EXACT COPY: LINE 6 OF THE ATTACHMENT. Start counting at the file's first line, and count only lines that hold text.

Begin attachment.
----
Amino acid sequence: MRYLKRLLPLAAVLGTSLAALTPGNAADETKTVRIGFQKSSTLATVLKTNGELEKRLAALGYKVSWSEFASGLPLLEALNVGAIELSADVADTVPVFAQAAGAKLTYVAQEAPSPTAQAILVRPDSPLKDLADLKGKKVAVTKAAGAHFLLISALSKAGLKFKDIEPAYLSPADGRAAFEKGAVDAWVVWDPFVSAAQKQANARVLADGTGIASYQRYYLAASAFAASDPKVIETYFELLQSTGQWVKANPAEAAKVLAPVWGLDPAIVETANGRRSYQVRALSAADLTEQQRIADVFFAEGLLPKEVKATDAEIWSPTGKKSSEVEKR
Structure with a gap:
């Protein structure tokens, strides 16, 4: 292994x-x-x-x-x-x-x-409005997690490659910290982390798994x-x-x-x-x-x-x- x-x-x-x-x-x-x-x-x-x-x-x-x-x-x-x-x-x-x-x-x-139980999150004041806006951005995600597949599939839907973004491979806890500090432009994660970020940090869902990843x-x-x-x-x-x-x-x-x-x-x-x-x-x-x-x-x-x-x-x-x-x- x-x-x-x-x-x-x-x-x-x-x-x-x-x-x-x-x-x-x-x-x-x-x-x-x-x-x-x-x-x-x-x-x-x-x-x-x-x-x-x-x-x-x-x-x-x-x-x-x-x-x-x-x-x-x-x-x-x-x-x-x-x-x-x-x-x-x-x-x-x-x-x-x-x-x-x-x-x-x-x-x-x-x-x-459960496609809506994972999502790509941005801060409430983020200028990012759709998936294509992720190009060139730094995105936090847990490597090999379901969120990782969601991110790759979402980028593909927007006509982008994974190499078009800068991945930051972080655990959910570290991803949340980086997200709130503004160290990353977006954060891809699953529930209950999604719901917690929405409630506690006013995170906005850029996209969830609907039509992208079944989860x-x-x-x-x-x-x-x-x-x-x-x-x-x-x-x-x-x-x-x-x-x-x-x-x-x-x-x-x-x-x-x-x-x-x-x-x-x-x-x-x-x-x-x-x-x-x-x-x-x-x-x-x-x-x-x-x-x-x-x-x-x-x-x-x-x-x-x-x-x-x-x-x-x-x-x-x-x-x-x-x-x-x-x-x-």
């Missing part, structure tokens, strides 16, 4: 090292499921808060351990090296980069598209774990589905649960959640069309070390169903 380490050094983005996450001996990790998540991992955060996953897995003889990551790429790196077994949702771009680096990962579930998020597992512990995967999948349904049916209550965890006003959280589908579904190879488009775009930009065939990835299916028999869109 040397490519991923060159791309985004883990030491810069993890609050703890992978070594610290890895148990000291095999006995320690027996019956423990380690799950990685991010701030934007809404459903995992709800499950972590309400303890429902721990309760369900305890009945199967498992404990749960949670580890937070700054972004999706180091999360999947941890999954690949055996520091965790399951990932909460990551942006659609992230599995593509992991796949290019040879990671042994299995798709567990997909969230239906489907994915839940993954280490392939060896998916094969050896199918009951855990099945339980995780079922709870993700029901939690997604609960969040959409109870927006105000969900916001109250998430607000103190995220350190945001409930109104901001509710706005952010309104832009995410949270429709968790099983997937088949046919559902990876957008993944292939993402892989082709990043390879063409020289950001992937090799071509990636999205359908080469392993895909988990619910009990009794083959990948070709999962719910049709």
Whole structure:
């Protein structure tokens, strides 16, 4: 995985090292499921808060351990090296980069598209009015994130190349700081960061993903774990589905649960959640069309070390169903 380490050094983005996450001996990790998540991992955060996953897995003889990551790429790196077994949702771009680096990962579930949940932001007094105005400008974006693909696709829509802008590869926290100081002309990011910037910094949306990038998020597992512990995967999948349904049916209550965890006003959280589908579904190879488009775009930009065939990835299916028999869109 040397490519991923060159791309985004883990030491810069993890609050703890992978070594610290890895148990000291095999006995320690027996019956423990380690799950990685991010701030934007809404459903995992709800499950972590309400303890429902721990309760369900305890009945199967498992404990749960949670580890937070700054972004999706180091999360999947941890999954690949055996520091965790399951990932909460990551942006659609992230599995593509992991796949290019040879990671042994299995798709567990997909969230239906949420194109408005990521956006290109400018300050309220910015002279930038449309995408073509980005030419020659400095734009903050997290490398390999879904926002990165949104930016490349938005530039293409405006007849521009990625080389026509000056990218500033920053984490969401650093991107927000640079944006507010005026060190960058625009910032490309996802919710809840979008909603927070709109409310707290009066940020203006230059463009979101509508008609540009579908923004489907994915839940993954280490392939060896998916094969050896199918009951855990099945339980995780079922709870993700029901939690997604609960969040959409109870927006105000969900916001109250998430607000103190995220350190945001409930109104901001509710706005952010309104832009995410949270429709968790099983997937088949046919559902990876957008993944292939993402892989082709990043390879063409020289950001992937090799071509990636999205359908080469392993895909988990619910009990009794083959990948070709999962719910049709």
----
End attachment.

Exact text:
């Protein structure tokens, strides 16, 4: 995985090292499921808060351990090296980069598209009015994130190349700081960061993903774990589905649960959640069309070390169903 380490050094983005996450001996990790998540991992955060996953897995003889990551790429790196077994949702771009680096990962579930949940932001007094105005400008974006693909696709829509802008590869926290100081002309990011910037910094949306990038998020597992512990995967999948349904049916209550965890006003959280589908579904190879488009775009930009065939990835299916028999869109 040397490519991923060159791309985004883990030491810069993890609050703890992978070594610290890895148990000291095999006995320690027996019956423990380690799950990685991010701030934007809404459903995992709800499950972590309400303890429902721990309760369900305890009945199967498992404990749960949670580890937070700054972004999706180091999360999947941890999954690949055996520091965790399951990932909460990551942006659609992230599995593509992991796949290019040879990671042994299995798709567990997909969230239906949420194109408005990521956006290109400018300050309220910015002279930038449309995408073509980005030419020659400095734009903050997290490398390999879904926002990165949104930016490349938005530039293409405006007849521009990625080389026509000056990218500033920053984490969401650093991107927000640079944006507010005026060190960058625009910032490309996802919710809840979008909603927070709109409310707290009066940020203006230059463009979101509508008609540009579908923004489907994915839940993954280490392939060896998916094969050896199918009951855990099945339980995780079922709870993700029901939690997604609960969040959409109870927006105000969900916001109250998430607000103190995220350190945001409930109104901001509710706005952010309104832009995410949270429709968790099983997937088949046919559902990876957008993944292939993402892989082709990043390879063409020289950001992937090799071509990636999205359908080469392993895909988990619910009990009794083959990948070709999962719910049709």